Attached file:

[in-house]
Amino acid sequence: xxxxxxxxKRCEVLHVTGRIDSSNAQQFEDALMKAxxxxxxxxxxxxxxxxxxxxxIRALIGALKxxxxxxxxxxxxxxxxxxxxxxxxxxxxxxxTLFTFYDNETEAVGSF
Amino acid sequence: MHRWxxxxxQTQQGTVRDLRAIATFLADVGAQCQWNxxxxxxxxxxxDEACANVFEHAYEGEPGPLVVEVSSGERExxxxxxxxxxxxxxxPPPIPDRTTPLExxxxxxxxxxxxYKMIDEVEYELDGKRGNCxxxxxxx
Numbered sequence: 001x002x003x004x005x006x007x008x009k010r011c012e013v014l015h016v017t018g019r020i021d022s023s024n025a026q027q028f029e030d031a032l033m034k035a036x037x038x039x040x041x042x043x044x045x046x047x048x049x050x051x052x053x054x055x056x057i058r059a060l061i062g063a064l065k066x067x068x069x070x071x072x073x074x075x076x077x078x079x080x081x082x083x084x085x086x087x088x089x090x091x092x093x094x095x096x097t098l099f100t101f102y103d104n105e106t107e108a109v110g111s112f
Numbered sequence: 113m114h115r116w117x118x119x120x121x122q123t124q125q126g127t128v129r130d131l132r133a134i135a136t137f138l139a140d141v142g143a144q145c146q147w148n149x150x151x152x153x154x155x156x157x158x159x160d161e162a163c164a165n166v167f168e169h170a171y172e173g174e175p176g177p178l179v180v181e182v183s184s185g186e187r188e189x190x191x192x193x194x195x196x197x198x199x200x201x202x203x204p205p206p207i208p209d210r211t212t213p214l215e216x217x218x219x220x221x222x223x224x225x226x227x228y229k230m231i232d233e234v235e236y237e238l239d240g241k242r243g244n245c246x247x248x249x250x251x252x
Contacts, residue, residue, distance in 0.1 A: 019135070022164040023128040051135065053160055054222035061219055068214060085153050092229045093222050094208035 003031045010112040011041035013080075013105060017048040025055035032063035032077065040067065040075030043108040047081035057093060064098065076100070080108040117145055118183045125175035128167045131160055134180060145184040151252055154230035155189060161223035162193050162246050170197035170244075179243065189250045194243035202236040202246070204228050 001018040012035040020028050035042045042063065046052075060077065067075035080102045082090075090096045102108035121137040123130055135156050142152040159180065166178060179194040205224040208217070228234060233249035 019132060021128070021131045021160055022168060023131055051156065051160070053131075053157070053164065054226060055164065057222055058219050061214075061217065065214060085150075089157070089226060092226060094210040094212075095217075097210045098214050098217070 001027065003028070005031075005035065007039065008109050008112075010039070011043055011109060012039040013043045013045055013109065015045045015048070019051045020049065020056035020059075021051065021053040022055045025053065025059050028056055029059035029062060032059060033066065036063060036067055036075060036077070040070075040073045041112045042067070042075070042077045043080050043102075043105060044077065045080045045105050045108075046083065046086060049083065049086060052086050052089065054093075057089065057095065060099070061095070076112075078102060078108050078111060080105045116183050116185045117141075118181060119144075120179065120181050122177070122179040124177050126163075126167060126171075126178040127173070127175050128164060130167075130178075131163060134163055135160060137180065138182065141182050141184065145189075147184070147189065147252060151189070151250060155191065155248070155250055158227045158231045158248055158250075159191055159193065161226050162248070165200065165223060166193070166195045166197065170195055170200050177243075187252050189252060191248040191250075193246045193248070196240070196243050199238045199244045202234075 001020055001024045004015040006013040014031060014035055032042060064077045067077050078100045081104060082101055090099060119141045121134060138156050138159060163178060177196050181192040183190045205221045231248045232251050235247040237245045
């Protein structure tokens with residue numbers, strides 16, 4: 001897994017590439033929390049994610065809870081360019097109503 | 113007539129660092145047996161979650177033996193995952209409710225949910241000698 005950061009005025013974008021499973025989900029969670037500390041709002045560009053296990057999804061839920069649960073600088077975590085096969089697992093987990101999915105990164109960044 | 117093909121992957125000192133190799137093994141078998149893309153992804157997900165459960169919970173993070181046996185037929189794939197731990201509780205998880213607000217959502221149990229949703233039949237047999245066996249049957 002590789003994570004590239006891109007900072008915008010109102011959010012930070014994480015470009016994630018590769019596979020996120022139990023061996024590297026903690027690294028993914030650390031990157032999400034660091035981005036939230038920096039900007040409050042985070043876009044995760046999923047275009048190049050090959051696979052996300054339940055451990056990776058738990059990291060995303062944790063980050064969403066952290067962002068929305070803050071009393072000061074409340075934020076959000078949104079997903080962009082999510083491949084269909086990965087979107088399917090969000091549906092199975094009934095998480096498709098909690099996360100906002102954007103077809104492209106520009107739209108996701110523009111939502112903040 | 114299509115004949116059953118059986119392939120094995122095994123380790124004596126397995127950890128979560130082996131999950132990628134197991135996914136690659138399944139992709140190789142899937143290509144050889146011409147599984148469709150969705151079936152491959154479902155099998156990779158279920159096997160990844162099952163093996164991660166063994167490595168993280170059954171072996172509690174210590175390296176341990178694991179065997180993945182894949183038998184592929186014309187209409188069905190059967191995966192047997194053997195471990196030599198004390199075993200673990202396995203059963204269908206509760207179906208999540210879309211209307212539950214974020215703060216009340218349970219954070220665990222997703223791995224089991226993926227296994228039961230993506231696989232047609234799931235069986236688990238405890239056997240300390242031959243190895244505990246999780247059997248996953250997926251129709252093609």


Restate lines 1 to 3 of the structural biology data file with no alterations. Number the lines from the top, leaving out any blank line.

[in-house]
Amino acid sequence: xxxxxxxxKRCEVLHVTGRIDSSNAQQFEDALMKAxxxxxxxxxxxxxxxxxxxxxIRALIGALKxxxxxxxxxxxxxxxxxxxxxxxxxxxxxxxTLFTFYDNETEAVGSF
Amino acid sequence: MHRWxxxxxQTQQGTVRDLRAIATFLADVGAQCQWNxxxxxxxxxxxDEACANVFEHAYEGEPGPLVVEVSSGERExxxxxxxxxxxxxxxPPPIPDRTTPLExxxxxxxxxxxxYKMIDEVEYELDGKRGNCxxxxxxx